from twisted.spread import pb from twisted.internet import reactor from twisted.cred.portal import Portal from twisted.cred.checkers import InMemoryUsernamePasswordDatabaseDontUse portal = Portal(SimpleRealm()) checker = InMemoryUsernamePasswordDatabaseDontUse() checker.addUser("guest", "password") portal.registerChecker(checker) reactor.listenTCP(9986, pb.PBServerFactory(portal)) reactor.run()
Authentication with cred plugins¶
Cred offers a plugin architecture for authentication methods. The primary API for this architecture is the command-line; the plugins are meant to be specified by the end-user when deploying a TAP (twistd plugin).
For more information on writing a twistd plugin and using cred plugins for your application, please refer to the Writing a twistd plugin document.
Building a cred plugin¶
To build a plugin for cred, you should first define an
authType , a short one-word string that defines
your plugin to the command-line. Once you have this, the convention is
to create a file named
myapp_plugins.py in the
twisted.plugins module path.
Below is an example file structure for an application that defines such a plugin:
Once you have created this structure within your application, you can
create the code for your cred plugin by building a factory class which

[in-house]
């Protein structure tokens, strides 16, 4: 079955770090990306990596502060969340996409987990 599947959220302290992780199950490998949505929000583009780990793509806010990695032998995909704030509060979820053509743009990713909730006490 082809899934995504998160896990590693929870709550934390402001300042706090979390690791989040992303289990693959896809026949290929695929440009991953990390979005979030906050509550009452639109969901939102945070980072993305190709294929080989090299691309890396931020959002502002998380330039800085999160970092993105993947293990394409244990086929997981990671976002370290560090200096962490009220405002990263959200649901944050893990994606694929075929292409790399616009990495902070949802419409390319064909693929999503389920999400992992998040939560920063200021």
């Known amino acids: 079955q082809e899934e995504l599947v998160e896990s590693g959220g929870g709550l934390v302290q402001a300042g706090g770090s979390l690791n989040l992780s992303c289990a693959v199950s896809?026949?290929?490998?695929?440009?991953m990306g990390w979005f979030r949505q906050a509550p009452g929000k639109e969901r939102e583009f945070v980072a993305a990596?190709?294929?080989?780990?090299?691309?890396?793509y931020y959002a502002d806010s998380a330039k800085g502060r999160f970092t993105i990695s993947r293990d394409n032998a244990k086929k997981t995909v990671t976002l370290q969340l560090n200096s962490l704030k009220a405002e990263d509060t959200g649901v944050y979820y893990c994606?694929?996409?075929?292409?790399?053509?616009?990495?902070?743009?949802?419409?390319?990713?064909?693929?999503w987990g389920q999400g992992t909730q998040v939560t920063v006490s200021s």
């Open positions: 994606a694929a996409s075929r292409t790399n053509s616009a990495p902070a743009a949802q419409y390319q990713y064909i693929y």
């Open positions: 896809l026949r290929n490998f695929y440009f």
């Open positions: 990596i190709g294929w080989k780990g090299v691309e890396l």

These factory classes should not consist of a tremendous amount of
code. Most of the real application logic should reside in the cred
checker itself. (For help on building those, scroll up.)
The core purpose of the CheckerFactory is to translate an
argstring , which is passed on the command line,
into a suitable set of initialization parameters for a Checker
class. In most cases this should be little more than constructing a
dictionary or a tuple of arguments, then passing them along to a new
from zope.interface import implementer from twisted import plugin from twisted.cred.strcred import ICheckerFactory from myapp.cred import SpecialChecker # The class needs to implement both of these interfaces # for the plugin system to find our factory. @implementer(ICheckerFactory, plugin.IPlugin) class SpecialCheckerFactory(object): """ A checker factory for a specialized (fictional) API. """ # This tells AuthOptionsMixin how to find this factory. authType = "special" # This is a one-line explanation of what arguments, if any, # your particular cred plugin requires at the command-line. argStringFormat = "A colon-separated key=value list." # This help text can be multiple lines. It will be displayed # when someone uses the "--help-auth-type special" command. authHelp = """Some help text goes here ...""" # This will be called once per command-line. def generateChecker(self, argstring=""): argdict = dict((x.split('=') for x in argstring.split(':'))) return SpecialChecker(**argdict) # We need to instantiate our class for the plugin to work. theSpecialCheckerFactory = SpecialCheckerFactory()
For more information on how your plugin can be used in your application (and by other application developers), please see the Writing a twistd plugin document.
After reading through this tutorial, you should be able to
Understand how the cred architecture applies to your application
Integrate your application with cred’s object model
Deploy an application that uses cred for authentication
Allow your users to use command-line authentication plugins